And while we’re on the subject of mental health and keeping sane during this time of year, let’s have a quick chat about laughter, shall we?
Like cat’s purring, laughter itself is the manifestation of a physical state of being, is the body’s release valve, allowing for the pressure within the body, both good and bad. But we’re mostly concerned here with the good, and the joyful, and the ridiculous.
This season is one of gathering-together, of socializing (forced or otherwise…), and of making new acquaintances. And believe me, I know how stressful these kind of things can be. The presence of food helps. I have found some of my best holiday-party discussions have taken place over and around the quality of cheese being served. But the injection of laughter is a guaranteed way to make things better.
As ever, there are scientific studies to back-up this claim. It has been proved that laughter can bring people together by synchronizing the brains of speaker and listener, creating an empathetic bond. Not only that, but laughter releases chemicals in the brain that can provide a sense of well-being and reduce tension. It is also contagious. The laughter of another person makes our bodies want to laugh, too. It turns out that laughter is also an immunity booster, which is critically important when you’re shaking hands and rubbing elbows, particularly at a time when everyone has that unpleasant cough that’s going around.
My favorite line from the study referenced above explains that everyone should be accountable to another person, and hold other people accountable for laughter: “It is important that people can check in with others from time-to-time, on ‘whether they have had moments of laughter’ or not.”
So this is me, checking in with you, beloved patrons, and making sure you’ve had your daily dose of laughter for the day. If not, then go on and make yourself laugh. You may sound like a creepy Bond villain for a few moments, but after that…see what happens. And if you need a little more incentive, then have a look at the selection below for some suggestions to get you giggling. And be sure to share that laughter with others.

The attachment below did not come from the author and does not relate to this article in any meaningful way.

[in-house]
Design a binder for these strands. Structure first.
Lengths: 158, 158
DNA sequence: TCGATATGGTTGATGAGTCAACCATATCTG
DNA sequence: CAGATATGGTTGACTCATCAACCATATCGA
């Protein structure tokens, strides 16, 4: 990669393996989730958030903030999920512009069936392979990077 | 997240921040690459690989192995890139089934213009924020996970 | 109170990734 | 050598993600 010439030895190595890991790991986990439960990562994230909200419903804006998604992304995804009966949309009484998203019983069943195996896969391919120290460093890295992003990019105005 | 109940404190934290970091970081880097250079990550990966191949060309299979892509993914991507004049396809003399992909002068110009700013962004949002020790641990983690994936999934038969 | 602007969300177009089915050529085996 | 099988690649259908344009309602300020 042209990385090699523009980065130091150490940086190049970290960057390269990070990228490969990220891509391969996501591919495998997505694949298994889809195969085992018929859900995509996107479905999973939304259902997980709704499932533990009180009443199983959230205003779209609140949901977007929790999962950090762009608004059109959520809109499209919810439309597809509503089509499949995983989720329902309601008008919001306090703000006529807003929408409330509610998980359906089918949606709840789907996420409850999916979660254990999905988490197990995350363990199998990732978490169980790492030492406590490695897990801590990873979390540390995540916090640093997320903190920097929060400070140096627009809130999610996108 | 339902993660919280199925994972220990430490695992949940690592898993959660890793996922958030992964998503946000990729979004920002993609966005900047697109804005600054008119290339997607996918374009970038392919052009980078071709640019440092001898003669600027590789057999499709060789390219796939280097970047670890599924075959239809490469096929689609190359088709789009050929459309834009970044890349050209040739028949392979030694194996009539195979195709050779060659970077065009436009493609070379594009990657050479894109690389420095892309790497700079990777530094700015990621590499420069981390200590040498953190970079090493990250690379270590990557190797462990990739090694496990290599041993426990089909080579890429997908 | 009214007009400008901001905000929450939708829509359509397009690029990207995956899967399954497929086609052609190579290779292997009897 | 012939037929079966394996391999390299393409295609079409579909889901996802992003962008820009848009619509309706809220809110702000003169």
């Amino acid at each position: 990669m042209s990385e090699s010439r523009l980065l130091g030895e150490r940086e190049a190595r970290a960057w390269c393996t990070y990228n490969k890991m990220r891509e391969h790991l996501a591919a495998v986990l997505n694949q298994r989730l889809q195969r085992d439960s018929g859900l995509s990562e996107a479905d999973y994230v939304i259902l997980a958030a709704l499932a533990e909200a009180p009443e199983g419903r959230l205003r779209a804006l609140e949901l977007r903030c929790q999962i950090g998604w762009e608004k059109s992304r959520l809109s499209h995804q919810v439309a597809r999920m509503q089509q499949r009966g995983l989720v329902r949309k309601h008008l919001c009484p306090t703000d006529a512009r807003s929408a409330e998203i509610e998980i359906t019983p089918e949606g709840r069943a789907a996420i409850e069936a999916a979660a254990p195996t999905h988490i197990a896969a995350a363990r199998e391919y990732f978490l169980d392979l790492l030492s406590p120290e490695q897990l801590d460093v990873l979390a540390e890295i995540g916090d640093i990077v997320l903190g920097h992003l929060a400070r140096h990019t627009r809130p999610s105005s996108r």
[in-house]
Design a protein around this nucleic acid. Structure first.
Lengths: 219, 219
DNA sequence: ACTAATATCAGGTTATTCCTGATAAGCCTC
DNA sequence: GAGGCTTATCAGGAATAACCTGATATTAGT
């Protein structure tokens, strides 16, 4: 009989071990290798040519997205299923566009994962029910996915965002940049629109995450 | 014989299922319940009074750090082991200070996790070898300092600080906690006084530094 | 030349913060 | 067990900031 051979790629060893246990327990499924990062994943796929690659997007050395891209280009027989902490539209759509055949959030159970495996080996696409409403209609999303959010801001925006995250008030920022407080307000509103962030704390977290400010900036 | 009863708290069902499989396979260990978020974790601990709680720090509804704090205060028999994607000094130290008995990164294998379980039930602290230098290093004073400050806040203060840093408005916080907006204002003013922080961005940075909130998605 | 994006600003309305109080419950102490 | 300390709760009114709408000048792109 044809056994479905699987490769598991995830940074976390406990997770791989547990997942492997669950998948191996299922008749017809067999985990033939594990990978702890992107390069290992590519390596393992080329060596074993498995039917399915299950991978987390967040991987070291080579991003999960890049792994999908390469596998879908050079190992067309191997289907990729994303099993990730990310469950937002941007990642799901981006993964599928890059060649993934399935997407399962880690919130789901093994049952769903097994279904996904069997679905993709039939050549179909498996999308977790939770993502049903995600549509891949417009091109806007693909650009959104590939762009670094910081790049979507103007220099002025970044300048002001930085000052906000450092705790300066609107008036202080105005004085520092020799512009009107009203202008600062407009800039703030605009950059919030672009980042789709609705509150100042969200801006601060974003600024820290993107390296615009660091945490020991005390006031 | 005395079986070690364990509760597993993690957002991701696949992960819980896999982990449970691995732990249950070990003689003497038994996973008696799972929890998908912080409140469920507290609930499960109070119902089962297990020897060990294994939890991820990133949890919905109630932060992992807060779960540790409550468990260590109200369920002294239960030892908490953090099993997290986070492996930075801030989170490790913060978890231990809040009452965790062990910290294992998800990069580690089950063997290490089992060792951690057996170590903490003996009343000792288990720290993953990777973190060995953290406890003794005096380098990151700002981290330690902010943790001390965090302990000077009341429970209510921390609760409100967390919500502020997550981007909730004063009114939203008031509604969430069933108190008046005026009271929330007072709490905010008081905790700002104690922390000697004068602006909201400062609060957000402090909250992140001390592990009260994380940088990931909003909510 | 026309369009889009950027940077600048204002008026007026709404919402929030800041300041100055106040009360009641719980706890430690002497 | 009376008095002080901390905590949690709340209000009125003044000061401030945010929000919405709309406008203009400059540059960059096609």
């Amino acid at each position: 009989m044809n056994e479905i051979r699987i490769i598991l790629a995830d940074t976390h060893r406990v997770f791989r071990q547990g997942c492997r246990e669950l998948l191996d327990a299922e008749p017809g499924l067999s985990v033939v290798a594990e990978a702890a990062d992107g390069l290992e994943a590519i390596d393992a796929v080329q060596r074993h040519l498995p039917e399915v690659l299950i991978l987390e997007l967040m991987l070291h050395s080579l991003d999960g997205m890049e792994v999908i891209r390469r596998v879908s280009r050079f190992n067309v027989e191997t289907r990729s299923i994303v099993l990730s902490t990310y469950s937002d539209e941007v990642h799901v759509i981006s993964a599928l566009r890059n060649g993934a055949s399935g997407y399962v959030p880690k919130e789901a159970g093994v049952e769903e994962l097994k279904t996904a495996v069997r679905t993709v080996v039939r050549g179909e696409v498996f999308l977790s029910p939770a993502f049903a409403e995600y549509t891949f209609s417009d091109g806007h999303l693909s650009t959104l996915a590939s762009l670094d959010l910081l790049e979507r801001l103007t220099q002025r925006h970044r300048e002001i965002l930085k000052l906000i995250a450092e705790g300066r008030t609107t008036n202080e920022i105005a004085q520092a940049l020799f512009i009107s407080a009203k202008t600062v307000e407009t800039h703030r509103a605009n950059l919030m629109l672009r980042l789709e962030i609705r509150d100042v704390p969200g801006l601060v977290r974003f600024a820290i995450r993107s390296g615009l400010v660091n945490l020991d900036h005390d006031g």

It’s also been proven that laughter can reduce blood sugar. So have some more pie while you’re at it!
Mystery Science Theater 3000: This may be my favorite TV show. Like, ever-ever. The premise, though outlandish, is pretty simple: an evil scientist, bent on world domination, sends a hapless everyman to a space station (known as the Satellite of Love), and forces him to watch bad movies in order to monitor his mind. Said Everyman (in this case, Joel Hodgson, the show’s creator and first writer), creates two robots from parts found on the satellite to keep him company. Why? Who cares? The result is comedy genius as these three compatriots endure some of the worst films ever released. Joel was replaced by Mike Nelson in the show’s fifth season, but this in no way detracted from the quality of the show–in fact, for many, it actually enhanced it. I dare you to watch these films, and listen to the jokes told about them, and not giggle, just a little. Best of all, this show was designed to air on prime time in the late 1980’s and 1990’s, which means it’s almost entirely safe for family viewing…making it the perfect way to distract family members and friends alike. The NOBLE network has a bunch of different episodes of the show, too. Check out the list here.
The Gallery of Regrettable Food: Ok, so this may hit too close to home for some this holiday season, but for those of us who at least have a pizza delivery place on speed-dial in case the worst should occur, James Lilek’s book will keep you in stitches. Lilek began snarking on mid-century cookbooks when The Internet was just getting started, and hasn’t stopped yet (any why would you, when you have such comedy gold as these photographs? Particularly the photos of meat). This book brings together some of his best work, in chapters with titles such as “Glop in a pot” and “Poultry for the glum”, which are guaranteed to give you a chortle or two, especially around the Dinner Party time of the year.
Gavin and Stacey: Sometimes, the funniest things are also the most profound, and this is never more true than in this BBC comedy about a young couple falling in love, their best friends, and the utter hilarity of real life. Gavin and Stacey work for different branches of the same company, and, as a result, talk on the phone every day–but when they at last meet face-to-face, what began as a simple flirtation will become a relationship that will change both their lives–and the lives of their friends and family–forever. This show manages to be both utterly hilarious and unforgettably emotional, often at the same time; though a bit more adult in terms of content and delivery, it is still a guaranteed crowd-pleaser. Additionally, fans of late-late night television will recognize James Corden, who now hosts on CBS, in his first role (he also co-wrote this series). Those in need of a real binge-watch can also check out Season Two and Three, as well!
I Am America (And So Can You!): Harken back to a simpler time, when we could mock blowhards and bigots for the fools that they were. Stephen Colbert’s first book, written in the voice of his Comedy Central persona on The Colbert Report is made even funnier by his over-the-top delivery and now-familiar bombast. Like his show, this book is a series of utterly absurd opinions, unsupported declarations, and wacky conspiracies, all woven into a fictional biography that is so outlandish it can only be heard to be enjoyed properly. The addition of special guests and special asides make this recording even better–and makes those Extra-Opinionated Holiday Guests just a little more bearable.